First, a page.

Home information packs (HIPs), which were rolled out to include all

homes a month ago, are not meeting the Government’s objectives to

quicken the buying process or stop gazumping, according to a new study.

The introduction of HIPs was meant to help purchasing and selling a home, providing consumers with a fast and effective service.

However, market figures since the introduction of HIPs presents a different picture, says agent Hamptons International.

‘Instead of speeding up the buying and selling process, HIPs has actually discouraged sellers from putting their properties on the market.

‘Figures comparing the market before and after the implementation of HIPs reveal the stock levels of new instructions were down 24% in London and in the country by 6%, resulting in a 15% decrease in overall stock levels across the UK,’ says Rob Bruce, senior research manager at Hamptons International.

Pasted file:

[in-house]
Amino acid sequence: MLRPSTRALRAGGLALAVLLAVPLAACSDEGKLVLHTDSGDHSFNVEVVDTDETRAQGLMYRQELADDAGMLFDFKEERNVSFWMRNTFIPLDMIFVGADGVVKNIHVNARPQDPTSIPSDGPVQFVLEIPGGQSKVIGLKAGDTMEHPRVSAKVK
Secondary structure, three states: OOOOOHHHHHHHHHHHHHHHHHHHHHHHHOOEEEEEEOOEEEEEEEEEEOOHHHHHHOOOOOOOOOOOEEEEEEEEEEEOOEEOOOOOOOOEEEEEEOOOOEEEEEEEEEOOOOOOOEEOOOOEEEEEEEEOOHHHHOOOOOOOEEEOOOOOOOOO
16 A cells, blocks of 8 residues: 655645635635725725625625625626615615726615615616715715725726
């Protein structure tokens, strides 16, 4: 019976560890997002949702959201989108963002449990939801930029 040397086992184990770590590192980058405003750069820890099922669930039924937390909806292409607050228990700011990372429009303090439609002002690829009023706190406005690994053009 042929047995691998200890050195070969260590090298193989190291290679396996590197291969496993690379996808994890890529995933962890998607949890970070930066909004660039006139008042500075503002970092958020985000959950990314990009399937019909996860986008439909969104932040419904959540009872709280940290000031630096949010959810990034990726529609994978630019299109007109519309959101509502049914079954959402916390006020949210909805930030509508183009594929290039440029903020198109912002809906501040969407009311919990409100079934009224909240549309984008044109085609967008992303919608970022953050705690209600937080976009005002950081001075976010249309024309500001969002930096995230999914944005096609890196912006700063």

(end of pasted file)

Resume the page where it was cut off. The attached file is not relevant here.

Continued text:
A recent poll by Hamptons discovered that the contents of an energy performance certificate, which is part of a HIP, did not concern most buyers when it comes to finding the right property.

Another obstacle is the proposed implementation on June 1 requiring a HIP to be in place prior to marketing a property. With leasehold properties, in particular, it is anticipated there will be major delays while service charge details and other management information is collected.

‘If this first day marketing rule is introduced, the entire house buying and selling process will slow down and costs will increase. We urge the government to review its recommendations in order to help, rather than hinder the market further,’ adds Marc Goldberg, head of Hamptons’ residential sales.